Portfolio theory can lend insights into which carbon abatement strategies
policymakers should pursue. If policymakers listen, what will it mean for
Good Info, Not Enough Analysis
I've now read most of my review copy of Investment Opportunities for a Low Carbon World.
The quality of the information is generally excellent, as Charles has described
in his reviews of the Wind
and Solar and Efficiency
and Geothermal chapters. As a resource on the state of Cleantech
industries, it's generally excellent. As an investing resource, however,
it leaves something to be desired. Each chapter is written by a different
expert in a particular field, which means that the information is up to date,
and comprehensive, but this approach means that there is little attempt to
compare the potential of the different investment opportunities presented.
What is the point of in-depth research into carbon abatement technologies if we
do not then take the next logical step and emphasize the technologies with the
greatest potential for carbon abatement and investment returns?
A Portfolio Approach
The most useful attempt at investment decision-making is buried in the
otherwise uninspiring last part of the book. A summary of a 2007 report from the
London Accord, A
Portfolio Approach to Climate Change Investment and Policy is buried
among self-promoting chapters from companies such as Nissan
promoting their (real) investments in clean technology, The
report uses a Monte Carlo implementation of Modern Portfolio Theory to determine
low-risk mixes (portfolios) of carbon-mitigation strategies, and was written by
Professor Michael Mainelli of Z/Yen Group, and James Palmer.
While intended primarily for policy decision-makers, A Portfolio Approach attempts
to determine which portfolio of carbon reduction technologies is likely to
produce a desired level of climate change at the lowest cost (or highest
investment returns) at the lowest risk of failing to achieve the reduction
goal. Phrased this way, it is easy to see why portfolio theory is an
appropriate tool, since it is designed to minimize systematic (overall) risk
even when all individual strategies in the portfolio have significant risks of achieving
the expected returns and carbon reductions.
The data on various carbon reduction strategies came mainly from the 2007
IPCC Working Group report, "Mitigation of Climate Change."
This report is not complete, omitting some technologies with significant CO2
reduction potential, in particular solar
thermal collectors such as solar hot water heaters and larger
installations for process heat in industrial processes. "Solar,"
as referred to in the report, refers solely to solar Photovoltaic and
Concentrating Solar Power (CSP.)
One decision I found questionable was to ignore the carbon reduction
potential of investments with "negative abatement costs on the basis that
these investments should be undertaken under any business-as-usual scenario, and
are not strictly investment measures as a response to climate change."
(p5/22) This is circular logic. For an investment
with negative cot to exist, there must be a market failure. Almost by
definition, in a well functioning market, all investments with negative cost
will have already been made. Simply saying that these investments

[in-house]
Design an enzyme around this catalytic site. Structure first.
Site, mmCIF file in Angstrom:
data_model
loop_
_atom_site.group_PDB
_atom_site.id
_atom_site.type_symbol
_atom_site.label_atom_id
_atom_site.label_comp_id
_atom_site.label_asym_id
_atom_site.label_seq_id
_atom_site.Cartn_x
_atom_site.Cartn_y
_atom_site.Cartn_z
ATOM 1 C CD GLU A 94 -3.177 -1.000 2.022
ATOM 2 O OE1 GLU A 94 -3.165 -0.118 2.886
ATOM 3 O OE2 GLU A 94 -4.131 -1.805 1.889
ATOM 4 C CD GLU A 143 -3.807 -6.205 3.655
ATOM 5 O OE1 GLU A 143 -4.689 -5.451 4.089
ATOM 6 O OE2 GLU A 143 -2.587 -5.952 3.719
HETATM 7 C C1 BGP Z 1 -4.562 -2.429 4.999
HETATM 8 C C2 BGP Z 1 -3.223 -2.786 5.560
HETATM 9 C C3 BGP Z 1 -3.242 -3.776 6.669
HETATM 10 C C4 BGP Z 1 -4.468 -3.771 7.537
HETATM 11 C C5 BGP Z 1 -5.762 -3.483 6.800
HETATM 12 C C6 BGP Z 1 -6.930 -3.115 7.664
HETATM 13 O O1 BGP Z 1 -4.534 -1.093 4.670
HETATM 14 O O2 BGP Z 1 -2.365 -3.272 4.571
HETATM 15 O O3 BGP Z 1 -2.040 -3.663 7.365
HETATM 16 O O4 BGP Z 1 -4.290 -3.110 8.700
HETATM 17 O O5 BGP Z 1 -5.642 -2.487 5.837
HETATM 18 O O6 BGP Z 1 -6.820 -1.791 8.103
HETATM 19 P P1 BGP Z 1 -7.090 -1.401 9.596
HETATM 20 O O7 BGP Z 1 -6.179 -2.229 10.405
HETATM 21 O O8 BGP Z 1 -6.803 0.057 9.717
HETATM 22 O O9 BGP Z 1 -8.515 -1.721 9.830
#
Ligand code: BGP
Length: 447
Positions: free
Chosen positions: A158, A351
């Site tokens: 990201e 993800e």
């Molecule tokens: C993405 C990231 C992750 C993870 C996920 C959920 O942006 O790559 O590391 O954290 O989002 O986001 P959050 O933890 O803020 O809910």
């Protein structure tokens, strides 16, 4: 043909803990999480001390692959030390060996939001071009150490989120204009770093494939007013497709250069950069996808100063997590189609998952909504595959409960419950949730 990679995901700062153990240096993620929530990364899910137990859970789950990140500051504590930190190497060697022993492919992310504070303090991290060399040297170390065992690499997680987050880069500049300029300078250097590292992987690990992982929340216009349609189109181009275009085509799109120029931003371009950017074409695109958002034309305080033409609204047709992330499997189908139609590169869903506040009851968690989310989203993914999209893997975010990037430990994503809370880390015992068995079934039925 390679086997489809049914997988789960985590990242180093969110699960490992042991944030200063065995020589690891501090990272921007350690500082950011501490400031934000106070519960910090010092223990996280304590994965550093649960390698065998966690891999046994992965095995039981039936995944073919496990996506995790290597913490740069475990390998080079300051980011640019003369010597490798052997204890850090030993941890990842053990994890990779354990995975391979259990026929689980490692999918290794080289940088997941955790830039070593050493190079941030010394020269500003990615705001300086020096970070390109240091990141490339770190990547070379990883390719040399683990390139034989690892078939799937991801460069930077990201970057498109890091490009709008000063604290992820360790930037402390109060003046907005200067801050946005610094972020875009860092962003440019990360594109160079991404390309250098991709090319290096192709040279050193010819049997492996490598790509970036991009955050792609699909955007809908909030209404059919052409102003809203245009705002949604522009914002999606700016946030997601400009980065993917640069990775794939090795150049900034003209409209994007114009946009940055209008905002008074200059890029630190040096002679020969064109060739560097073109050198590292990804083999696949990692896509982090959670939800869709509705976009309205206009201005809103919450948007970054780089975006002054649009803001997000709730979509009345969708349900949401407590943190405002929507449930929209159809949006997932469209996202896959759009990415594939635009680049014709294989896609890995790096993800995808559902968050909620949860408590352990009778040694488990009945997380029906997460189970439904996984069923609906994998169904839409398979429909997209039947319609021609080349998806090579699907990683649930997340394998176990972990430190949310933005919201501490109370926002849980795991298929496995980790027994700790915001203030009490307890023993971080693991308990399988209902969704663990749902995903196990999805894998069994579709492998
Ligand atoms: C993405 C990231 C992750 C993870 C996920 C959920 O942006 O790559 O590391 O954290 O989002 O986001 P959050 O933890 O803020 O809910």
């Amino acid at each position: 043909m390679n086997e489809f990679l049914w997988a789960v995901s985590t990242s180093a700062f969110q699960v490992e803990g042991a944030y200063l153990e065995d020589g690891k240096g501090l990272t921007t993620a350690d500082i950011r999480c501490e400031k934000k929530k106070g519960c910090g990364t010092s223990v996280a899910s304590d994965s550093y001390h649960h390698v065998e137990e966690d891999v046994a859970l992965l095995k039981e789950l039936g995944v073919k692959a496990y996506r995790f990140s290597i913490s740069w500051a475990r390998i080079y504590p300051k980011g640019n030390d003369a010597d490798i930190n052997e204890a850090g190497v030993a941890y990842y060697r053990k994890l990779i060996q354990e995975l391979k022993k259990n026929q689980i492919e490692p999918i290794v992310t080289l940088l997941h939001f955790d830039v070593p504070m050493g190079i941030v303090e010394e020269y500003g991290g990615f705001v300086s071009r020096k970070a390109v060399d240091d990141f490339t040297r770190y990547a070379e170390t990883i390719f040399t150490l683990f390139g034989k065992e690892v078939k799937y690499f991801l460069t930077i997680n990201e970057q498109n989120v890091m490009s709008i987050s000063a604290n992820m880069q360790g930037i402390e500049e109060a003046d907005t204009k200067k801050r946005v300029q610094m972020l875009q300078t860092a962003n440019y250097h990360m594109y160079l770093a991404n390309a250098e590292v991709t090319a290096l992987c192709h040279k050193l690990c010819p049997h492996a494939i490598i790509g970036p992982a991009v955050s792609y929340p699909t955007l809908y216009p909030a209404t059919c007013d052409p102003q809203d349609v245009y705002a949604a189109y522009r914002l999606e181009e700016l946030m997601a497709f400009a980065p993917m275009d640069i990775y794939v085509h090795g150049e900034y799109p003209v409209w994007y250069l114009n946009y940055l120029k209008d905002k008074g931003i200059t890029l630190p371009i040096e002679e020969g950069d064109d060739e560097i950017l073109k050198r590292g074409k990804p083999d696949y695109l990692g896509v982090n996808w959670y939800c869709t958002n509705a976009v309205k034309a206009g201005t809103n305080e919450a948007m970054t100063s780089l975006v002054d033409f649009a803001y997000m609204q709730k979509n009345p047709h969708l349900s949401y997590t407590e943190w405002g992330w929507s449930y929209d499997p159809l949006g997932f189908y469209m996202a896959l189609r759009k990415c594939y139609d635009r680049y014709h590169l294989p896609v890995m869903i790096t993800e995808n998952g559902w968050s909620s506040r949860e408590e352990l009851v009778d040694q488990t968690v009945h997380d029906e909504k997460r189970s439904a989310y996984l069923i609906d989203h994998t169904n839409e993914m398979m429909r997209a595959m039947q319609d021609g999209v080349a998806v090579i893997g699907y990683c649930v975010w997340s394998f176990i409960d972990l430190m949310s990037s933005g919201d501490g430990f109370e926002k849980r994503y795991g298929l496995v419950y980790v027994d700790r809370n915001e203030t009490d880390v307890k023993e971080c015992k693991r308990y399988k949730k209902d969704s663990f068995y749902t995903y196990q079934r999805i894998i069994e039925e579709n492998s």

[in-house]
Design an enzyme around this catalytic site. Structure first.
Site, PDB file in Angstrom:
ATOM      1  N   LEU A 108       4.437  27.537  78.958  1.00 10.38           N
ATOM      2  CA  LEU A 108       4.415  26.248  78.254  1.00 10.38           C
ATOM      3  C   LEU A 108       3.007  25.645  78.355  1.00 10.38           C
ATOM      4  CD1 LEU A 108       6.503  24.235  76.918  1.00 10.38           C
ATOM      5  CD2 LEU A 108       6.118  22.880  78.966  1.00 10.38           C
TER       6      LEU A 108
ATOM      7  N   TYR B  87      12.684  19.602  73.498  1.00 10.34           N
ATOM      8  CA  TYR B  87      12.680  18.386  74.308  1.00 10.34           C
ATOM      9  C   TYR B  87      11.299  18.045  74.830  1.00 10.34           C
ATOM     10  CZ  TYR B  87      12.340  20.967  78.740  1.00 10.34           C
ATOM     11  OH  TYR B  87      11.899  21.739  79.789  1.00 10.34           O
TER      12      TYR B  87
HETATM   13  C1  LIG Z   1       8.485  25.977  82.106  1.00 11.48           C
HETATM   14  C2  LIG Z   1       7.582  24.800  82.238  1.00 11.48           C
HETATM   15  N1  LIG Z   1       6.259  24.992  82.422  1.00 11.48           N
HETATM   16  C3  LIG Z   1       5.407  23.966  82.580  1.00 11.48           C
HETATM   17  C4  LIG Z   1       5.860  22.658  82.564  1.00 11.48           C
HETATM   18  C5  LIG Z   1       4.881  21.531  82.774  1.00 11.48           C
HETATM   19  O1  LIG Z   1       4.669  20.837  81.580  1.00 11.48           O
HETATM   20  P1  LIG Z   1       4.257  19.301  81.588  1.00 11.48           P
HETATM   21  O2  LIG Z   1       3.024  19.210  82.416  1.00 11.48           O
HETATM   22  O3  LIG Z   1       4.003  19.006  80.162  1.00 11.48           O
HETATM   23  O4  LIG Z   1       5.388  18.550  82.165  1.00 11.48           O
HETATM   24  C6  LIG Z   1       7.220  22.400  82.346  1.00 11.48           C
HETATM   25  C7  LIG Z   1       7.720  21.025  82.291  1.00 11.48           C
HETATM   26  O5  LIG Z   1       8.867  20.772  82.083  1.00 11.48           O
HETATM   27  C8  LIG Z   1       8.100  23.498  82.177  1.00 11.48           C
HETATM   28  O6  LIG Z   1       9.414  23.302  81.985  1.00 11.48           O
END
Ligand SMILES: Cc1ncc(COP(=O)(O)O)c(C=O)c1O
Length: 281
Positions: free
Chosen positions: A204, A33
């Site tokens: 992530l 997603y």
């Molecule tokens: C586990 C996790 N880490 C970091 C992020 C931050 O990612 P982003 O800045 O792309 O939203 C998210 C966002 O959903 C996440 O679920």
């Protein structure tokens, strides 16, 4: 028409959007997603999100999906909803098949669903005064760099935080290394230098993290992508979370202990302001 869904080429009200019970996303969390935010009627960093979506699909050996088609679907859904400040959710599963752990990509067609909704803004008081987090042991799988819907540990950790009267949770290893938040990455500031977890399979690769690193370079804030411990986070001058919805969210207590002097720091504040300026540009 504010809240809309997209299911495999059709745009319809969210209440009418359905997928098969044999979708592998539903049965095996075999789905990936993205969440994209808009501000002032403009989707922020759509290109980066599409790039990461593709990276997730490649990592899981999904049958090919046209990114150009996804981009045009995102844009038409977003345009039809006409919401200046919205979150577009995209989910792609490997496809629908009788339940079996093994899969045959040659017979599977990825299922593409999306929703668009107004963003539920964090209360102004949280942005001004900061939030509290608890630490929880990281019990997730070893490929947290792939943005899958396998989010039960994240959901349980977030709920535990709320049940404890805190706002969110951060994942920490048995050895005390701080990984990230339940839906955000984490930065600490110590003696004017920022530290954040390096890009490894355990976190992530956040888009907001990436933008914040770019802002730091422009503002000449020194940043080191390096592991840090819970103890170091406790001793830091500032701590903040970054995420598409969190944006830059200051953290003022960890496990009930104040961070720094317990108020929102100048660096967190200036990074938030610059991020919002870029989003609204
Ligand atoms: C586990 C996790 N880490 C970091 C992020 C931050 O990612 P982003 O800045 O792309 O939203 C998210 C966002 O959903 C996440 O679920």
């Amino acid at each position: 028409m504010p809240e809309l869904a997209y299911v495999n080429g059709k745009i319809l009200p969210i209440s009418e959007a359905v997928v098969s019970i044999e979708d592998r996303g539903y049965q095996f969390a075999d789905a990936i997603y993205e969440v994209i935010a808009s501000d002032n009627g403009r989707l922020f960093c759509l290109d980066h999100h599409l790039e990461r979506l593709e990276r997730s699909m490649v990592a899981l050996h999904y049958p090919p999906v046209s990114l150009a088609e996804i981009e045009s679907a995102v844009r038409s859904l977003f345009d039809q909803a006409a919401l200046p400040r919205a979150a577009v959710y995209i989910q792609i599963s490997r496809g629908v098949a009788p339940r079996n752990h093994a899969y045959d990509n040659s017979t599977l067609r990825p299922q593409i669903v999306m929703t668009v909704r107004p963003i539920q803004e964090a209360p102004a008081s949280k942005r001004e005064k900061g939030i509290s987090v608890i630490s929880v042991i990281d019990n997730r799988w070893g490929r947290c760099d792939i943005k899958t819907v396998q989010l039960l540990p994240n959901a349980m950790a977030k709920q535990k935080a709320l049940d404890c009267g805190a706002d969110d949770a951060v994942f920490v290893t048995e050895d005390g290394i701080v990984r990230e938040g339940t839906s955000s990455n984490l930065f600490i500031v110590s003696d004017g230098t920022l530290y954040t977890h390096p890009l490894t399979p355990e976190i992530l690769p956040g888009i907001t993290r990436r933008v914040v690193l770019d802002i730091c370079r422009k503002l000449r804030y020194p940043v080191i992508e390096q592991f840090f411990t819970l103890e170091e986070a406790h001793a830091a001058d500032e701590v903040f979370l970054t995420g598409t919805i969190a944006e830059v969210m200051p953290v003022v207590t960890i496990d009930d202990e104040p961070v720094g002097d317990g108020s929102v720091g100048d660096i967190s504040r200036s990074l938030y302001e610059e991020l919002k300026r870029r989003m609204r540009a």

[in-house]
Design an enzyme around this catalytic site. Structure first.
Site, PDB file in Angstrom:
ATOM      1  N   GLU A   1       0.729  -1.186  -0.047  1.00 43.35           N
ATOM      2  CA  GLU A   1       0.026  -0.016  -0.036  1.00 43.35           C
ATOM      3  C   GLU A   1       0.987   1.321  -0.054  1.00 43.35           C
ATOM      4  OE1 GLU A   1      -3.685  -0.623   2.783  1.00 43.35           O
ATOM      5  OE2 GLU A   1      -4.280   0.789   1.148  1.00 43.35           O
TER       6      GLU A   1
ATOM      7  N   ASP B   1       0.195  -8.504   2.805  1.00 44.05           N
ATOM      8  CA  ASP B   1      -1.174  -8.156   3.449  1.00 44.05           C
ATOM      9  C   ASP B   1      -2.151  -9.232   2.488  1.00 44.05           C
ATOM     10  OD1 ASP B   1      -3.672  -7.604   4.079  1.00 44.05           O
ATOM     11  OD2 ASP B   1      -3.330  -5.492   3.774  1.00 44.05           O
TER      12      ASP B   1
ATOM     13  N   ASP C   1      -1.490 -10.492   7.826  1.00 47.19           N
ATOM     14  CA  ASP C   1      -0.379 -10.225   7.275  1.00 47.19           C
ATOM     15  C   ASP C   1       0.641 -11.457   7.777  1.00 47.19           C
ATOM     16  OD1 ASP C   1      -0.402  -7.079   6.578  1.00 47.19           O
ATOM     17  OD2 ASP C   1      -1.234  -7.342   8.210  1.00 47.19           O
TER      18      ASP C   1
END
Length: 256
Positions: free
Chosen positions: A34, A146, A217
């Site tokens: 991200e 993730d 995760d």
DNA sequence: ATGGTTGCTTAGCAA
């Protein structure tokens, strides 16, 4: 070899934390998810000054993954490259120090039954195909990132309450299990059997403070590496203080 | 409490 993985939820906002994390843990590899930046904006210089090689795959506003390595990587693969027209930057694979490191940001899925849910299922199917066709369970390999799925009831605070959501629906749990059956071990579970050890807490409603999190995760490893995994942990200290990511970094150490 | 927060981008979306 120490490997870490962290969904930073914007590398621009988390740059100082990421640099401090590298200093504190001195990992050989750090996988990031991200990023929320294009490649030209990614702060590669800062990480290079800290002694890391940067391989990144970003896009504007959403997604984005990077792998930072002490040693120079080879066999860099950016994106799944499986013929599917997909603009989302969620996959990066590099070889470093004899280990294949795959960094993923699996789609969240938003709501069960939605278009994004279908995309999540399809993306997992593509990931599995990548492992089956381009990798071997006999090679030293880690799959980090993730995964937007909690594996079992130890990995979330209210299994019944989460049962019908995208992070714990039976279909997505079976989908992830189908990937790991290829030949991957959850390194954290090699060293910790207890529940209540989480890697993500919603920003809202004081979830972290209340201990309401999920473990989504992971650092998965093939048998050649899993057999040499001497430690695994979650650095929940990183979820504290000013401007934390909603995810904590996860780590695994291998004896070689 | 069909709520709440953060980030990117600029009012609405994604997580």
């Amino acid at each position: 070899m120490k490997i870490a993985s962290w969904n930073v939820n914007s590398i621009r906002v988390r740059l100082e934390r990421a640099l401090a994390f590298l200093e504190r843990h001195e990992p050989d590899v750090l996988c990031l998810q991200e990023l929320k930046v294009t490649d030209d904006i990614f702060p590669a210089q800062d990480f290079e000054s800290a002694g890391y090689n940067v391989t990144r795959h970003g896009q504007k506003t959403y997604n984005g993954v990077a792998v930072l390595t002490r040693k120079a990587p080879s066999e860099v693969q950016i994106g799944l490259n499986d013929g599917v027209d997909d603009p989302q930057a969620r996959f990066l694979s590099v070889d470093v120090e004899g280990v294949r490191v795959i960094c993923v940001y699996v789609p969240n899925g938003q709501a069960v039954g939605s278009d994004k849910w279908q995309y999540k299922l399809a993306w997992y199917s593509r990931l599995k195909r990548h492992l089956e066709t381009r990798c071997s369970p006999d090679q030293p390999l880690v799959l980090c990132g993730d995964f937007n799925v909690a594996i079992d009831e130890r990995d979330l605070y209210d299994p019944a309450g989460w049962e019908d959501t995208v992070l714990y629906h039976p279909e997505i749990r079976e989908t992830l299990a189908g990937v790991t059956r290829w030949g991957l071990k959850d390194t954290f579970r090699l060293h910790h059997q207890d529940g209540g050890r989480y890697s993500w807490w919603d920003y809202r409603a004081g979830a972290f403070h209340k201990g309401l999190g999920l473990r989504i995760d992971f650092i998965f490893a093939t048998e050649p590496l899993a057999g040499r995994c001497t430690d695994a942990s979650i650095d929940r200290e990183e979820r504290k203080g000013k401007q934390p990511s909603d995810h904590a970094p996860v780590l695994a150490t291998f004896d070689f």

"should" be made assumes that these market failures will correct
themselves without any effort on the part of policymakers. Why should
market failures correct themselves in the future if they have not
In the authors' defense, they run one scenario (#3) in which investments with
negative abatement costs are allowed, and they state "Further examination
of negative abatement proposals seems in order, as it should be important to understand
why these investments fail to be made under current financial conditions.
Neglected negative abatement may justify regulatory intervention by
policymakers, e.g. imposing minimum building or transportation efficiency
requirements." (pp.17/22 and 18/22)
From the hedging in this statement, and the fact that they spend less time
discussing scenario 3 than either of their other two, I conclude that something
prevents the authors from giving market failures the attention they are
due. I find this an extremely common failing among financial
practitioners, and believe it is an unfortunate and common consequence of
in-depth training in financial modeling. Most financial models contain an
assumption of market efficiency, and do not produce meaningful results in cases
of large and persistent market inefficiencies. Without tools to model
market inefficiencies, practitioners are prone to ignore them, convincing
themselves that the inefficiencies are unimportant or will cure themselves.
Most of the critiques
of "Green Jobs" programs are based on this fallacy.
Put another way, if you have a hammer (a modeling technique which assumes
market efficiency, such as modern portfolio theory), you tend to see all
problems as if they are nails (efficient markets.)
Since the authors only look at scenarios 1 and 2 (those which ignore negative
cost investments) in depth, these are the scenarios I will focus on. I
believe the results of these scenarios are still relevant answers to the
question, "After negative cost investments in energy efficiency have been
made, which positive cost investments should we pursue?" Even if all
the necessary carbon reductions could be achieved with negative cost
investments, it would most likely be unwise to pursue such an approach to
mitigate climate change: like all investments, there is no
assurance that the expected reductions/returns will be achieved. Pursuing a wide
variety of carbon-reduction strategies provides the greatest chance that some
such strategies will achieve the expected reductions, and others will
exceed expectations, thus making up for any investments in the mitigation portfolio
which do not achieve the expected reductions.
The chart below shows a series of "frontier portfolios": That is,
portfolios of carbon abatement investments which achieve specified levels of
carbon abatement at minimal cost. The vertical axis is gigatons (Gt) of